Preparations to be taken by school districts as a result of school grades include: contracting for services to poor performing schools; closing repeat, poor performing schools; shifting staff, students, and faculty; allocating special service cases, reallocating dollars appropriated through the Florida Education Finance Program, and providing opportunity scholarships to students attending failing schools.


The Department concludes that the procedure used is fair under the circumstances based upon the following: The final writing scores and impact data have just become available to the agency and due to the need to release school grades in a timely fashion, a non-emergency meeting would not allow sufficient time to consider the results and impact on school grades.

UPDATE:
Central Florida School Boards Call For External Audit of FCAT 2.0
9th and 10th Grade 2012 FCAT Reading Scores Released

View Comments

  • Gee, I wonder if it's because the test was given wrong at several schools and they had to be invalidated? Roosevelt Elem. being one.

  • Seriously? Horrible system that asks our students to use their imaginations! Horrors! Horrors! No wonder Florida is in the state it's in. Maybe parents can sue the stand to ensure their children will be able to land solid lifelong careers at Wal-Mart! No wonder FL has a terrible reputation.

  • Spot on! Requirements are shot-gunned to a hundred different subjects including entirely too much on environmental and social issues. Students are not taught to mastery of anything and therefore don't master anything. Narrow the requirements (essential subjects- 3 R's) and teach to mastery.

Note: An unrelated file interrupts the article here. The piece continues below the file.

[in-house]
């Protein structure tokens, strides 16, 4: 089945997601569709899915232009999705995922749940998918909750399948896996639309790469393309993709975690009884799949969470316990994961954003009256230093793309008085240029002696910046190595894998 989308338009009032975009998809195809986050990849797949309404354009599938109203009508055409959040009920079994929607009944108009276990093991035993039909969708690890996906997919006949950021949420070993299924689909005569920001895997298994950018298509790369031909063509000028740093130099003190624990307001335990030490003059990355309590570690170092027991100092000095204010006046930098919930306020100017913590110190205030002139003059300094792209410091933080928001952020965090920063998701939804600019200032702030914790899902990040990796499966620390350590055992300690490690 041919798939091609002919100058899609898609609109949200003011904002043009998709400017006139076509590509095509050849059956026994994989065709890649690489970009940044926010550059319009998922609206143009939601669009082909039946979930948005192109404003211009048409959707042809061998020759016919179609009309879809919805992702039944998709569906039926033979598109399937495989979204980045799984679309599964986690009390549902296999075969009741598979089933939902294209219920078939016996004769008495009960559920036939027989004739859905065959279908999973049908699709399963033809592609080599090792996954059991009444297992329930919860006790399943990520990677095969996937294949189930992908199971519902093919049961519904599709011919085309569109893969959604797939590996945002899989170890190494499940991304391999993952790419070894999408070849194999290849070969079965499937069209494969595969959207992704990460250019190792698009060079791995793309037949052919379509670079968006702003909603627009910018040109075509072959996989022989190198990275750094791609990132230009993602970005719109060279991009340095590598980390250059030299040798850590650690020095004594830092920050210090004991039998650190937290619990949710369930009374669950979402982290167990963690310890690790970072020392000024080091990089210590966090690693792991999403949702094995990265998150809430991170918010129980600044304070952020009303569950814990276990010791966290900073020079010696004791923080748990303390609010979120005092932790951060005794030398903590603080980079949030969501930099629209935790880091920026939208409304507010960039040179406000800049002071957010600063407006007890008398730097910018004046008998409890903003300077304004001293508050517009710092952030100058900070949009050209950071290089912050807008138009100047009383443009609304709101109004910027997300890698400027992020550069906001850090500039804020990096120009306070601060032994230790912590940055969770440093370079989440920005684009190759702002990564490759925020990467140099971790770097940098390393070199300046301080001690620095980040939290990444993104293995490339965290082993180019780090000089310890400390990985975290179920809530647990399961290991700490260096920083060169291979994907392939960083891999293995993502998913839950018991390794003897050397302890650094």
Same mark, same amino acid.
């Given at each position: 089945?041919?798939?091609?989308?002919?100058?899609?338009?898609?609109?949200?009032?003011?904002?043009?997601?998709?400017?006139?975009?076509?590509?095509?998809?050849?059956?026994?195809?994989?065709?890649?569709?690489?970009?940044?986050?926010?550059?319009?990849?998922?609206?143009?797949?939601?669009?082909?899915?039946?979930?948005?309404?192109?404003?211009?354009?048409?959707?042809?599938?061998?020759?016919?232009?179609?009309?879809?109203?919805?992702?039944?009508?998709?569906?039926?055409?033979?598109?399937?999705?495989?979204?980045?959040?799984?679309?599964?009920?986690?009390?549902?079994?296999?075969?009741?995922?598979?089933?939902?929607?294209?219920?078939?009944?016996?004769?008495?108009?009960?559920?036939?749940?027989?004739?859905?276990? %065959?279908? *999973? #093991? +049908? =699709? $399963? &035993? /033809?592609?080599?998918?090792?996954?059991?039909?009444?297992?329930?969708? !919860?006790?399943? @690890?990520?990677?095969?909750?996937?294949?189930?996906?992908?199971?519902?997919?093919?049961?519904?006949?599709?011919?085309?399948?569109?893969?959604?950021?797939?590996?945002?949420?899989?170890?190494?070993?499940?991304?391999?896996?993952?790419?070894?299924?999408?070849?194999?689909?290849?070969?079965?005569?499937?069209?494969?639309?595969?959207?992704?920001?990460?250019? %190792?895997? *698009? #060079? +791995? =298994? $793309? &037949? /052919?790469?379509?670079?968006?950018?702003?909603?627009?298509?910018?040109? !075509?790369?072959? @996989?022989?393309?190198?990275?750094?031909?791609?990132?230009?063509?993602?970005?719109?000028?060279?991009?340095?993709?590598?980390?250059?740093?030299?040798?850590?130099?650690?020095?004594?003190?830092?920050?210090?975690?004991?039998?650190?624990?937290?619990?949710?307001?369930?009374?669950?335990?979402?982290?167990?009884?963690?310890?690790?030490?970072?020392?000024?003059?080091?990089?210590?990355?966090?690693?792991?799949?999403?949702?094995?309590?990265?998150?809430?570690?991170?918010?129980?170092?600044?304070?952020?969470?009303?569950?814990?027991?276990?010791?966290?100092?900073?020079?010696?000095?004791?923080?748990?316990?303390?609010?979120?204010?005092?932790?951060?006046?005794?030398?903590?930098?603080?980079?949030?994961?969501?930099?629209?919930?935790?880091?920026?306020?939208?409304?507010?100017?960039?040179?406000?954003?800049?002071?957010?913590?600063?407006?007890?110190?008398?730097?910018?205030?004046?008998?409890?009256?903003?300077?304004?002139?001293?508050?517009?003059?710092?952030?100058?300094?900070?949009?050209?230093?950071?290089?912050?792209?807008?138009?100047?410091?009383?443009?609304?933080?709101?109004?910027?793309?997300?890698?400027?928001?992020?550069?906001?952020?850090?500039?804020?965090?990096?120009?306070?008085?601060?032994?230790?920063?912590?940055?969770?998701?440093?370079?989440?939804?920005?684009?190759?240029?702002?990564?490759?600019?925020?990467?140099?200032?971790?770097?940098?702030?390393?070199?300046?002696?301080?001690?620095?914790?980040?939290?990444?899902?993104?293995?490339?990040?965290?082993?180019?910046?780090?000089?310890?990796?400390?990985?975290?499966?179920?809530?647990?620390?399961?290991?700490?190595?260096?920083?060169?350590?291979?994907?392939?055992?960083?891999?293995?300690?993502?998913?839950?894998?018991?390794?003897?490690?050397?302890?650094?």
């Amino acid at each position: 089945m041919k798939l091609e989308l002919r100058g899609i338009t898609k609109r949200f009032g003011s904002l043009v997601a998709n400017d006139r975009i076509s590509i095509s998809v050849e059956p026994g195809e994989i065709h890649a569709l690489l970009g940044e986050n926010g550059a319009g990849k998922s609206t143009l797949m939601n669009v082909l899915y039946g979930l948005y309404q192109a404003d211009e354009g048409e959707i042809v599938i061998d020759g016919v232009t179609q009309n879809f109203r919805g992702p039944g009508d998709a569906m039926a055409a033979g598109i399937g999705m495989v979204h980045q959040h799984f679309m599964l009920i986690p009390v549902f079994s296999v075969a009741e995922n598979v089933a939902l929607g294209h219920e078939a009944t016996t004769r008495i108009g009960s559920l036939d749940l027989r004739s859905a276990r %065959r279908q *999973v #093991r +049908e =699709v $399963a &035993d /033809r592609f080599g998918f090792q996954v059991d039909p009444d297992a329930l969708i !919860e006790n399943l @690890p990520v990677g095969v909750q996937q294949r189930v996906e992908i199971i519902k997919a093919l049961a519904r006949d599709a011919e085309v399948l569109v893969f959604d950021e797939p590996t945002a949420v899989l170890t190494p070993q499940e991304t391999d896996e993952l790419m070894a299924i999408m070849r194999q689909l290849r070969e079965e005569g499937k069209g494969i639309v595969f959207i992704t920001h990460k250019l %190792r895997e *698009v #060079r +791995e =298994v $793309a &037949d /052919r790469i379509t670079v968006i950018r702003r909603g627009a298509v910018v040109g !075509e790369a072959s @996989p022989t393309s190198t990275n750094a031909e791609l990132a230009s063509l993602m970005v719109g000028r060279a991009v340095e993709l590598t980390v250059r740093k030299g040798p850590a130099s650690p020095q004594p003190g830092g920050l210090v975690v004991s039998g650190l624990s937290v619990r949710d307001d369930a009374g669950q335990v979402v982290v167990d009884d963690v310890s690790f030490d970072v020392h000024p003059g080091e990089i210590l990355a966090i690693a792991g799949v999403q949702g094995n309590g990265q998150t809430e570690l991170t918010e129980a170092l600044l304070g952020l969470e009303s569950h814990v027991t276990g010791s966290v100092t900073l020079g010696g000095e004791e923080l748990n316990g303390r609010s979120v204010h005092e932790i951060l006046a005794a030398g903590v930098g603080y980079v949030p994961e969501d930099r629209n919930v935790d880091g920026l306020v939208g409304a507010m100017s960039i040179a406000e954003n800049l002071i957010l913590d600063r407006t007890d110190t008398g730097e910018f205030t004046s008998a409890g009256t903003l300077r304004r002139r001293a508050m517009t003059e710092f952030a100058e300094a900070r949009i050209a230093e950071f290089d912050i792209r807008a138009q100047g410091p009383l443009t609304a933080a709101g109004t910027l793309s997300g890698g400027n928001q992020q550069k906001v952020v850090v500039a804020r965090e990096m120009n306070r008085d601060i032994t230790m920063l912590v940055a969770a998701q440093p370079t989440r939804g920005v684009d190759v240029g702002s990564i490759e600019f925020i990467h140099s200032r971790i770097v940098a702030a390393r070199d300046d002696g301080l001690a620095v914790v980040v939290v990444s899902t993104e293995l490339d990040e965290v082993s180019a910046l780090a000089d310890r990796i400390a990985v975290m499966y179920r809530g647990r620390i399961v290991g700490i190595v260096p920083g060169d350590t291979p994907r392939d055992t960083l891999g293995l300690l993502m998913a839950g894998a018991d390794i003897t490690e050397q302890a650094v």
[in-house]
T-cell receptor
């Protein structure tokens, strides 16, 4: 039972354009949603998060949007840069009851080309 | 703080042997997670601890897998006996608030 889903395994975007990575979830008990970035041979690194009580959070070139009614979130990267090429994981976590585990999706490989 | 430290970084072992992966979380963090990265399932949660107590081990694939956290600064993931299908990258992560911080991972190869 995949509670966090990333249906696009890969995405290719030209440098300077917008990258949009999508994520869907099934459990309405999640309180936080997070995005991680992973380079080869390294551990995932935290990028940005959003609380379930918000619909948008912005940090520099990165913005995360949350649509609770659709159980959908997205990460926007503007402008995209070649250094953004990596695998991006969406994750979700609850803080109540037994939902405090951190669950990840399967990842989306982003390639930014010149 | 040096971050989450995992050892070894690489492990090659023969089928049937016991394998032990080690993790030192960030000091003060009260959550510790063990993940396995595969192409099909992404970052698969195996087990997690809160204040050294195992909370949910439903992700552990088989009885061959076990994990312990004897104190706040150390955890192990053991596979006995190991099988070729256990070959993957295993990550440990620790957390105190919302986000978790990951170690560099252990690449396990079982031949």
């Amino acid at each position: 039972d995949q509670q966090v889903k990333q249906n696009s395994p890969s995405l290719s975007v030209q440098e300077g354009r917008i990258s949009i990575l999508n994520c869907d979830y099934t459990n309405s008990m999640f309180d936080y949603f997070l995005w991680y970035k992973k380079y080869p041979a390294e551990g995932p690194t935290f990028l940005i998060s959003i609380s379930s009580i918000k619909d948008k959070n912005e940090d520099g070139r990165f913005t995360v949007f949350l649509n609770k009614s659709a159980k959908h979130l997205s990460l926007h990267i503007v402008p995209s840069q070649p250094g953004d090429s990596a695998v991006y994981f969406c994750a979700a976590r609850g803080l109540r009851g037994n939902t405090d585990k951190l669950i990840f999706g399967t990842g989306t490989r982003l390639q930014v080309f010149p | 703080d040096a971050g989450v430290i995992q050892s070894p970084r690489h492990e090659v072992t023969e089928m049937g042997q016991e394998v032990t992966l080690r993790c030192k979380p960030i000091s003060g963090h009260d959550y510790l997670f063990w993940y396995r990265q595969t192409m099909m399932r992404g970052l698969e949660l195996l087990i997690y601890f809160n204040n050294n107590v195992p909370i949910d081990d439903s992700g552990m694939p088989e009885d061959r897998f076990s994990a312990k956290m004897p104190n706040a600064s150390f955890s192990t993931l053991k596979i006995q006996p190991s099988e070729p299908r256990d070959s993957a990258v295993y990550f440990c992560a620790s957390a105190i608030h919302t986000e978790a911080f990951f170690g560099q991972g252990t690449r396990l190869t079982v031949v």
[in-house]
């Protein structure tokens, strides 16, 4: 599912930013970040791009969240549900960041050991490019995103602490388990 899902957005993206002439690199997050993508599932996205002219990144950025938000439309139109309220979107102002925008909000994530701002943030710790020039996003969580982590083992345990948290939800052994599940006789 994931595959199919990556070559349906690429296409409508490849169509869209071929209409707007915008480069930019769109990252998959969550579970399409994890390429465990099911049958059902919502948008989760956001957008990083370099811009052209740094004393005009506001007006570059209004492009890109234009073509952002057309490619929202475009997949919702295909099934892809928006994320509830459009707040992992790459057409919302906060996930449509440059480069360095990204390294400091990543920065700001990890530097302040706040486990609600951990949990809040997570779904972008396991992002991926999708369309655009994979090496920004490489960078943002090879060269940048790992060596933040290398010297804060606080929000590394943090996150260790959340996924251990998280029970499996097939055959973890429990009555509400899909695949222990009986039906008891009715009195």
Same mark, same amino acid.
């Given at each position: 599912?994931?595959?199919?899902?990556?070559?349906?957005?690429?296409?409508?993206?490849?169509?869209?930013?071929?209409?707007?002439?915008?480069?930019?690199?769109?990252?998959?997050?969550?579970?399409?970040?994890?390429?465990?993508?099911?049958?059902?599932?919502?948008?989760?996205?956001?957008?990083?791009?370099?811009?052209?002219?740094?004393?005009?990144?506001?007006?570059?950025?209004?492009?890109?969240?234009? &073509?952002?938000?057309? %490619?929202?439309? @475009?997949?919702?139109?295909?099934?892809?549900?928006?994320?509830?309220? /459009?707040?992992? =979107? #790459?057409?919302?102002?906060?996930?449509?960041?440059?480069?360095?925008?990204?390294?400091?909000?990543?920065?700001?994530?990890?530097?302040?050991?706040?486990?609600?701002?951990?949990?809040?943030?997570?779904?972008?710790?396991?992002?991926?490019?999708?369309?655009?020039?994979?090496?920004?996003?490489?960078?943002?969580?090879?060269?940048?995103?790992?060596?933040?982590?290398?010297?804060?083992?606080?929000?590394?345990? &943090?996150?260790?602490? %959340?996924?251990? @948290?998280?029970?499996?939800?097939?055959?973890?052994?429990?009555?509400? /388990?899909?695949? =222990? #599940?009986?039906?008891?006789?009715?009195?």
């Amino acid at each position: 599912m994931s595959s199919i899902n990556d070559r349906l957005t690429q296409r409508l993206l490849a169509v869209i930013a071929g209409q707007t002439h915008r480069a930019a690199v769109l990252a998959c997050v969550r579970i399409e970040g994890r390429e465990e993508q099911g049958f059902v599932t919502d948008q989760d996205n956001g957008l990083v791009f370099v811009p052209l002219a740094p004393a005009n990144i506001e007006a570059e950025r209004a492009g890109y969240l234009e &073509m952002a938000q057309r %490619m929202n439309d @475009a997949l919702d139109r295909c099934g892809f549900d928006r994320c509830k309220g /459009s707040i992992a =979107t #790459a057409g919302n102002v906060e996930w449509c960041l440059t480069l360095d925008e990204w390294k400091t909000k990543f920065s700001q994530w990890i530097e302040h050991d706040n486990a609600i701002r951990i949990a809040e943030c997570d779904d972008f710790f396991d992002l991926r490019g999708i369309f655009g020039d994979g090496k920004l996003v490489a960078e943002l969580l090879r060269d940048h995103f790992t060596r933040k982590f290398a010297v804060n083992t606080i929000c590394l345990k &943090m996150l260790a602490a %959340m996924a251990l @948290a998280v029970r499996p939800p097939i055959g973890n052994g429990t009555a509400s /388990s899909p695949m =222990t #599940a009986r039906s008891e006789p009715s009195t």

• Amen! They read their prompt, decide if it is expository, persuasive or narrative, plan a response and execute it, in 45 minutes. As an "exceptional" teacher for many decades, I would place our fourth grade writers in recent years at the top of the national heap. Teachers live, eat and breathe educational excellence into their classrooms as never before, and, remember, I have been around a long time. Brevard County schools ARE schools of excellence. How long has it been since you were in a fourth grade classroom? These teachers did not give birth to the child, but they take each student as he or she comes in, and maximizes that child's potential. What are YOU doing to insure that EVERY STUDENT CAN? It takes a village: parents, relatives, our social system and social media, the educational system, high expectancies... and so much more. Our stems of condemnation need fixing. It is ok to say what is wrong with these results, but it is NOT ok to rush to condemnation.